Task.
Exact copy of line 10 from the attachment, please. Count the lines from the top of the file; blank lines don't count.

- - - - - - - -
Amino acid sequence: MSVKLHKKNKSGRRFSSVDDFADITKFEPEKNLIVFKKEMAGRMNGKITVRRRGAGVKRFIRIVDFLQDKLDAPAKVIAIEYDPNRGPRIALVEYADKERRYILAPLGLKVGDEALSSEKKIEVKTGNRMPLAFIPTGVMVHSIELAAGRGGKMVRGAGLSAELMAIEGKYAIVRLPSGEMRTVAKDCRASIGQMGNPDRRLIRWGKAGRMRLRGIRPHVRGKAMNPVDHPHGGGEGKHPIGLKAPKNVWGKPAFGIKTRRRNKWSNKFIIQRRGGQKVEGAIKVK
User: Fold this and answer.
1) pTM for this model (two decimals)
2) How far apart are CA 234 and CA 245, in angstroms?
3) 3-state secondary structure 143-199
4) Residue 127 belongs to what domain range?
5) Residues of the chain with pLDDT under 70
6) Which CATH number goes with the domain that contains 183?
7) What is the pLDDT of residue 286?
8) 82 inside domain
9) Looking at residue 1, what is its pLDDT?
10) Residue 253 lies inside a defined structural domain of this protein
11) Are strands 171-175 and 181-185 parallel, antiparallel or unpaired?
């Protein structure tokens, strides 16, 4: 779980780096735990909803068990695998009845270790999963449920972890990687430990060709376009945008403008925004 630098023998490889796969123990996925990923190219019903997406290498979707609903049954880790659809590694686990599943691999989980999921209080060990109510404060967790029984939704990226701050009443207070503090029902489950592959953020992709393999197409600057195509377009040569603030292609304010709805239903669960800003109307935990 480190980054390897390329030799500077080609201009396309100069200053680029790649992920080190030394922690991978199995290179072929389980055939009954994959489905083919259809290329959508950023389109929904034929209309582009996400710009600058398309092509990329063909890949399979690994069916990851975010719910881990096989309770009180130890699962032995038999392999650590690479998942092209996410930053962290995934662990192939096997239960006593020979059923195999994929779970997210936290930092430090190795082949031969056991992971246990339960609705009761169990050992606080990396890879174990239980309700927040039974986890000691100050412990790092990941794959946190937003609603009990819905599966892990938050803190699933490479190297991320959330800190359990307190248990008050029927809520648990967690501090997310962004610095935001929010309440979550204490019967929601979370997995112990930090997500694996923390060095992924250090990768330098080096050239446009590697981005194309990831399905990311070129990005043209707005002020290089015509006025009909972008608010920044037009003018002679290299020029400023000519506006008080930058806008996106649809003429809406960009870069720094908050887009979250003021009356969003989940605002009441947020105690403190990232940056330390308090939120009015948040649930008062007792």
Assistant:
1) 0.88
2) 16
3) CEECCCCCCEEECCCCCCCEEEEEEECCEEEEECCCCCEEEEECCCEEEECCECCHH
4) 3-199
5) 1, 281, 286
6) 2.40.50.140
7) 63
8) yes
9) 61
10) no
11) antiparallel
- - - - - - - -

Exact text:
8) 82 inside domain